Organizers Announce Details of Ban-Defying Rally in Paris on Saturday

A rally featuring red lines will be staged in Paris on Saturday

A rally featuring red lines will be staged in Paris on Saturday, defying a local ban. Credit: Emma Cassidy/Survival Media Agency

Update on Dec. 12, 2015, at 4:25 AM ET: The French government has announced that it will permit the protest to go forward.

More than 10,000 people are expected to gather in Paris tomorrow—the same day the United Nations climate treaty is set to be finalized—in support of aggressive international action on global warming, organizers said Friday.

By gathering, activists will defy a ban by French authorities on any marches or rallies following the November terrorist attacks that killed 129 people. Until Friday, organizers had kept secret the details of the event—dubbed the "Red Lines" because protesters will unfurl more than 300 feet of red fabric down a major boulevard to represent the "red lines of climate safety that must not be crossed, and collectively pledge to act so that they are not," according to the event's website.

The event will kick off at noon local time at the Arc de Triomphe as "a reminder that there is no complete triumph in the battle against climate change—too much has already been lost—but that any progress will be led by the people, not our politicians."

At noon, 30 foghorns will blast mournfully and hundreds holding red umbrellas and flowers will step out into the Avenue de la Grande Armee near the Arc de Triomphe to make a red line with their bodies.

At 12:10, a samba and brass band will play as two long banners are unfolded, one that says "It's up to us to keep it in the ground" and the other "Crime Climatique – Stop!"

At 12:30, the bands will give way to the foghorns to start a two-minute silence for the victims of climate crimes. Attendees will raise red flowers and then lay their flowers along the red line.

Music will resume to mark defiance and resistance until the final foghorn blows at 1 p.m.


Treaty Must Emphasize Speed in Carbon Cuts, Scientists Urge

Protesters outside the Paris climate talks urge a strong deal

Protesters outside the Paris climate talks. Credit: Reuters

Several noted European climate scientists expressed dismay that the latest draft treaty text of the Paris Agreement had blurred the need for urgent action even as it raised the pact's long term ambitions.

One of the most striking results of the talks has been to lower the benchmark target for global warming at the end of the century from 2 degrees Celsius down toward 1.5 degrees above the pre-industrial level.

The scientists spoke on Friday morning at a forum after the all-night negotiations had ended in a mood of optimism mixed with uncertainty.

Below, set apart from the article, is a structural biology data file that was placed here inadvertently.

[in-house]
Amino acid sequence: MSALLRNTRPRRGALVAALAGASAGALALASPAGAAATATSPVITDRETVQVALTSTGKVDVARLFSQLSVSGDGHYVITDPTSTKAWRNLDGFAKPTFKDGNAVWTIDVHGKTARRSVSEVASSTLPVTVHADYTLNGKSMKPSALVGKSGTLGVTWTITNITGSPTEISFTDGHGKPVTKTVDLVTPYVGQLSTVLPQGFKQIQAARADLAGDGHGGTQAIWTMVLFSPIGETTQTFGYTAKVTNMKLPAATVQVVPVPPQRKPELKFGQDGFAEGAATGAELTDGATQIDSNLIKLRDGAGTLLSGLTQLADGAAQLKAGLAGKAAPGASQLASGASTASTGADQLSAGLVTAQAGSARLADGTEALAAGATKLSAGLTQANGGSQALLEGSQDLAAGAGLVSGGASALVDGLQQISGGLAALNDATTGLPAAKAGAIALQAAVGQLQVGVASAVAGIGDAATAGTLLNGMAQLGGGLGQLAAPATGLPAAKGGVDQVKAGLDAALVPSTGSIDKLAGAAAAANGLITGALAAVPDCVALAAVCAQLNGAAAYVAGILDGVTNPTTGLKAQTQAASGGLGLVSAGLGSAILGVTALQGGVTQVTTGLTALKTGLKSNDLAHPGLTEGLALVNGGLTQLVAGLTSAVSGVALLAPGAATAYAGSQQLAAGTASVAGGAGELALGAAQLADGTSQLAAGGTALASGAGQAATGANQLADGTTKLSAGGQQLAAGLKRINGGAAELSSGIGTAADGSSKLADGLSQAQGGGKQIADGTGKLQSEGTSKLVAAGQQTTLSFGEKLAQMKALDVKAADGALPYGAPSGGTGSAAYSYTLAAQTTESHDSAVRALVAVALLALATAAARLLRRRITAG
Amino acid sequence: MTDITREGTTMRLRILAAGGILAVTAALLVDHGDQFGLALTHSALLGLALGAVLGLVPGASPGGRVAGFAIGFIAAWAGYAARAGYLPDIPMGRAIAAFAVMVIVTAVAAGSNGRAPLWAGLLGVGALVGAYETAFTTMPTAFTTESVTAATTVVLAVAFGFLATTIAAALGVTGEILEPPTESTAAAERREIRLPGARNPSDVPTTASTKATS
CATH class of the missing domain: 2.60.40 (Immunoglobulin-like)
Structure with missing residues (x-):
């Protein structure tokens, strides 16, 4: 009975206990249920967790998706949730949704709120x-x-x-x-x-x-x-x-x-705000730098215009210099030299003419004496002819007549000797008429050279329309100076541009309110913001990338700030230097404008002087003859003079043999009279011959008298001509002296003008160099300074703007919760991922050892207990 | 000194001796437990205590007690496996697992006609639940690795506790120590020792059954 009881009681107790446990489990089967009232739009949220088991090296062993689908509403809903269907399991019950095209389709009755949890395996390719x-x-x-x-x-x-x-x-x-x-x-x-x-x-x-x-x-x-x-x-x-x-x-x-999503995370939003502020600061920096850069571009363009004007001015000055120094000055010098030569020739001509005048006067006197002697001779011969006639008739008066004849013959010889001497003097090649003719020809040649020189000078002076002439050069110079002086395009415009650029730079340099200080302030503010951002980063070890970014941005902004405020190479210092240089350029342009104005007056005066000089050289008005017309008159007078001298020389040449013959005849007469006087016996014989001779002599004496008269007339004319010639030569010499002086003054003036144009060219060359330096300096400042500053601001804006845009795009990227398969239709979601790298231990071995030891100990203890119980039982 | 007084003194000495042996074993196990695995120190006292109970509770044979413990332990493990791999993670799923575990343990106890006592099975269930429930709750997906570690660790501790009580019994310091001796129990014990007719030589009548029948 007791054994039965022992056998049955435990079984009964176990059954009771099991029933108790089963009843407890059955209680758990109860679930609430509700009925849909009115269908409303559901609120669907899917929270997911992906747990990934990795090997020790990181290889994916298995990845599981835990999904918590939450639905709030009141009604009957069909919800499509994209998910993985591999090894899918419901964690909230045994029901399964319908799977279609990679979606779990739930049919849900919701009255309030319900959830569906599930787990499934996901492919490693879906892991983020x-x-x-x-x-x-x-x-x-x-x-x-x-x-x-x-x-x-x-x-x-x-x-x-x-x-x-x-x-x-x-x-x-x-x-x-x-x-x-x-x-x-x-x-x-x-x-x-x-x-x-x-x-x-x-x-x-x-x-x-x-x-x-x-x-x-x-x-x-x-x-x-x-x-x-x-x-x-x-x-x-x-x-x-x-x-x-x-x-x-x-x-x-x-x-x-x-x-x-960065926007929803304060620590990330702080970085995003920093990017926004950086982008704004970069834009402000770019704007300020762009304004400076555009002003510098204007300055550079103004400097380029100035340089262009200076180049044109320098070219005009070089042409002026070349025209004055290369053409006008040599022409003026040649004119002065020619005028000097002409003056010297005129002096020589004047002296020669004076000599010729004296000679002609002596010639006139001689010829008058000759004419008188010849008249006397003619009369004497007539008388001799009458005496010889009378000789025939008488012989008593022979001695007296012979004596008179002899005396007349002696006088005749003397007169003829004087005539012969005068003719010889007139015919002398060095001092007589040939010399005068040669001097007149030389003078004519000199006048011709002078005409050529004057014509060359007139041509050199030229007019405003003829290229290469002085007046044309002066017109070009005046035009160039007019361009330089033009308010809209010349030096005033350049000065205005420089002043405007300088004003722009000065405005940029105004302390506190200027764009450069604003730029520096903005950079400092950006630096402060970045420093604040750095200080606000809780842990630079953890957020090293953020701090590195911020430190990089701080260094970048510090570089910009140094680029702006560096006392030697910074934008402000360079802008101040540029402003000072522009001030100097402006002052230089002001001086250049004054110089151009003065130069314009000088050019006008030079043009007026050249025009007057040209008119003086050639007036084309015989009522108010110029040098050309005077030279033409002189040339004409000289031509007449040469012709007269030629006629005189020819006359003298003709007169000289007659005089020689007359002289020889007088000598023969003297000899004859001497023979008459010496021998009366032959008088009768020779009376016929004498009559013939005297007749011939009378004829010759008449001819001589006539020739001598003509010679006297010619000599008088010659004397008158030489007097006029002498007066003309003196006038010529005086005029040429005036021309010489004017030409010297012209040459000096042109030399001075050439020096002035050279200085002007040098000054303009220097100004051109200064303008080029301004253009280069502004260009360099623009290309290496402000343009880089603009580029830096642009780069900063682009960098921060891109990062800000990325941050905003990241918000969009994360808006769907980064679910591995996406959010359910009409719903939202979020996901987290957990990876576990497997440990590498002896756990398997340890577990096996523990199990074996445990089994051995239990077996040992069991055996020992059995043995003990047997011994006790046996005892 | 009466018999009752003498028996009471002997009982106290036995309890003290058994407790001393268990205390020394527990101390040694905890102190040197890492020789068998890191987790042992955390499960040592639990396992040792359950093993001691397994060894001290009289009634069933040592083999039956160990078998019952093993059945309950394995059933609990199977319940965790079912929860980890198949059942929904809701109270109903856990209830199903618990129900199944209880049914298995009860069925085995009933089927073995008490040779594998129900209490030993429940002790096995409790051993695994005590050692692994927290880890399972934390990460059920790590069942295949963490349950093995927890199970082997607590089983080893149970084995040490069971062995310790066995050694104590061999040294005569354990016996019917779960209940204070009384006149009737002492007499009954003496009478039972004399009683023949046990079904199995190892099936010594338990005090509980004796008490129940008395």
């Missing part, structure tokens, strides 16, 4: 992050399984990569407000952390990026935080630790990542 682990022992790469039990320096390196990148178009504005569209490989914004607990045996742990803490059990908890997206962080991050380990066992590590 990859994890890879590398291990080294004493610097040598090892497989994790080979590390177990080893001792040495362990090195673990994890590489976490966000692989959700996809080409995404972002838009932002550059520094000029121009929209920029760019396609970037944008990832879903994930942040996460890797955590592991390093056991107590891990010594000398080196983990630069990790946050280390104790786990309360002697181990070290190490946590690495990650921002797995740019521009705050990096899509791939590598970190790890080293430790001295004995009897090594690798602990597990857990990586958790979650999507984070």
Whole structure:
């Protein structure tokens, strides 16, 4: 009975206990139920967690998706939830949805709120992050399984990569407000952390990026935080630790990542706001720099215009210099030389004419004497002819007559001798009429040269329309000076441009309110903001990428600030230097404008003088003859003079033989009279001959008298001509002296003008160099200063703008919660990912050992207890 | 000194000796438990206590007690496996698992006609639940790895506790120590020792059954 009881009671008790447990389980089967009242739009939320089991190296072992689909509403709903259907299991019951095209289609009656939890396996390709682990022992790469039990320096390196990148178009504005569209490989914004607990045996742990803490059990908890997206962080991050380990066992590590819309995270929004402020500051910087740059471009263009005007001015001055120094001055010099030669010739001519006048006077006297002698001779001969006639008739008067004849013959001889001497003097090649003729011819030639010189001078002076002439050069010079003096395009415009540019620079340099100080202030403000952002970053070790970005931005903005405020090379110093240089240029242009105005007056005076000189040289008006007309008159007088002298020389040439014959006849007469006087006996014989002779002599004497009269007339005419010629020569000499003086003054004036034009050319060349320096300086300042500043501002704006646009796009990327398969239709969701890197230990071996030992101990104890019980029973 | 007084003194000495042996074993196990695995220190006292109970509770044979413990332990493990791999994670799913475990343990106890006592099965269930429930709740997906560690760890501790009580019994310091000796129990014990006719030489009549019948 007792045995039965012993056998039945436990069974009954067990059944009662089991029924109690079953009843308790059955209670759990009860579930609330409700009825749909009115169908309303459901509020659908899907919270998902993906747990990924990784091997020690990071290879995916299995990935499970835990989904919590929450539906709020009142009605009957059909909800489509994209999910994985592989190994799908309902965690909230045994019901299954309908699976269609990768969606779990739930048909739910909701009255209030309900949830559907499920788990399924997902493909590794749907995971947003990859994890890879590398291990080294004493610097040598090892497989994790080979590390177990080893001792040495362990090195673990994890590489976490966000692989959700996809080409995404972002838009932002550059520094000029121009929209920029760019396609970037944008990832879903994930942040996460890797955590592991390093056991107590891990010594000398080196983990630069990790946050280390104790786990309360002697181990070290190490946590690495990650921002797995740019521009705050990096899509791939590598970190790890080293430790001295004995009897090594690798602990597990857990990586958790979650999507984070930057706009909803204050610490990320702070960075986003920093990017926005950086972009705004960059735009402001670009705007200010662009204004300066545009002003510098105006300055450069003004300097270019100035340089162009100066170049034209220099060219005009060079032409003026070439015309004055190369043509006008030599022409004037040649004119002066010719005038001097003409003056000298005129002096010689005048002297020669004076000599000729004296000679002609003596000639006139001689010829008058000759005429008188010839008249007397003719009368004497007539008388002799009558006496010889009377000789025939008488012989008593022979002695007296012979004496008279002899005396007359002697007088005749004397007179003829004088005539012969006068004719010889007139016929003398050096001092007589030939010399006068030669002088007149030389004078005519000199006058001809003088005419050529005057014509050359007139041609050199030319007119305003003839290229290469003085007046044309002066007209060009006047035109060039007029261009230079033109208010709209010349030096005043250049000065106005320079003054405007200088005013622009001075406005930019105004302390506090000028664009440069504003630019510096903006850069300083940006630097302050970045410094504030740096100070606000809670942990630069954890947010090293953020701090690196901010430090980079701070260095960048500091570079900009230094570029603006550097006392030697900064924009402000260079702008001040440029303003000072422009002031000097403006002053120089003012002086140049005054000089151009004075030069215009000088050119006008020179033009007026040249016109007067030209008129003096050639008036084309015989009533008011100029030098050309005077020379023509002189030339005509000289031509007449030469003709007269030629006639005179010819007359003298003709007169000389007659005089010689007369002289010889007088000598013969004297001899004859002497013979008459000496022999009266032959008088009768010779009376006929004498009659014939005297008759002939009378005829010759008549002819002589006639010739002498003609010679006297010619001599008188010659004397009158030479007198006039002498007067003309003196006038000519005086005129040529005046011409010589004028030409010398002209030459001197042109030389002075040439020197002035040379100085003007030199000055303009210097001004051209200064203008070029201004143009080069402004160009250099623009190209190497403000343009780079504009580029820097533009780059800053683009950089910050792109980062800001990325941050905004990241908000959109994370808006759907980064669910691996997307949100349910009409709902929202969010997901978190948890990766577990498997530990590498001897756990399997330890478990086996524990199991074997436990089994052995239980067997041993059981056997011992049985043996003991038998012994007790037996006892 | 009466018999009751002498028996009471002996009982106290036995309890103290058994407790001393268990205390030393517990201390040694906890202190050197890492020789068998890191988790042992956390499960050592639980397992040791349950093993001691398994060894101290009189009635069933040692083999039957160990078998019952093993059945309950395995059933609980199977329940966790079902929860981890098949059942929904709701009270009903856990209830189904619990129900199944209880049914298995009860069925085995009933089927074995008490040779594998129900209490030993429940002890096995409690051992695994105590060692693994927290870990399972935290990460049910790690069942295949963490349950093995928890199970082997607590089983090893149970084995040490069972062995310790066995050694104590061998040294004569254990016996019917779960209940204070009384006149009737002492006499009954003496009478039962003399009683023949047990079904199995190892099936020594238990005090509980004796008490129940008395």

They said that the draft text being debated into the weekend should have made it more clear how rapid and deep emissions reductions would have to be to keep warming within a stricter range than previously envisioned.

Instead, they said, the draft produced late on Thursday night had become less specific in addressing the need to shift completely away from carbon fuels, a transformation which they repeatedly said would have to take place everywhere by 2050, and even earlier in wealthy countries.

They urged negotiators to square the new aspirations with the scientific evidence and to strengthen the next draft, which is still being revised. A new draft is to be published Saturday morning, in hopes of achieving a final deal this weekend.

"The formulation we have right now, limiting warming between 1.5°C and 2°C, is in line with the IPCC and the latest science," said Hans Joachim Schellnhuber, director of the Potsdam Institute for Climate Impact Research.

"It means getting to zero emissions globally by 2050 to have a fair chance of achieving this goal," he said. "What we have now in the formulation, is greenhouse gas neutrality in the second half of this century which leaves the door open for 1.5 degrees, but does not ensure it."

Steffen Kallbekken, research director of the Centre for International Climate and Energy Policy, said that as negotiators cobbled together the latest draft they had rejected specific percentage cuts in emissions to meet ambitious limits on rising temperatures.

"The options consistent with science are replaced by vague formulations," he said.

Like his colleagues, he said the world needs to act very fast to shift to clean energy, even before the treaty comes into force in 2020.

It was a striking case of scientists telling policy makers what they should do without mincing words.

If the emissions are not slashed by 2020, "we will probably have used the entire carbon budget consistent with 1.5 degrees C warming," Kallbekken said.

"We still have the possibility of a transformational change here in Paris," said Johan Rockström, executive director of the Stockholm Resilience Centre.

But he said that the puzzling new term "greenhouse gas neutrality" crept into the latest draft, replacing a clear zero-carbon option and it opened the door for "a very risky future."

It suggested, he said, a temptation to rely on "massive sinks" of carbon into underground sequestration or forest reserves, while refusing to back away from the burning of fossil fuels.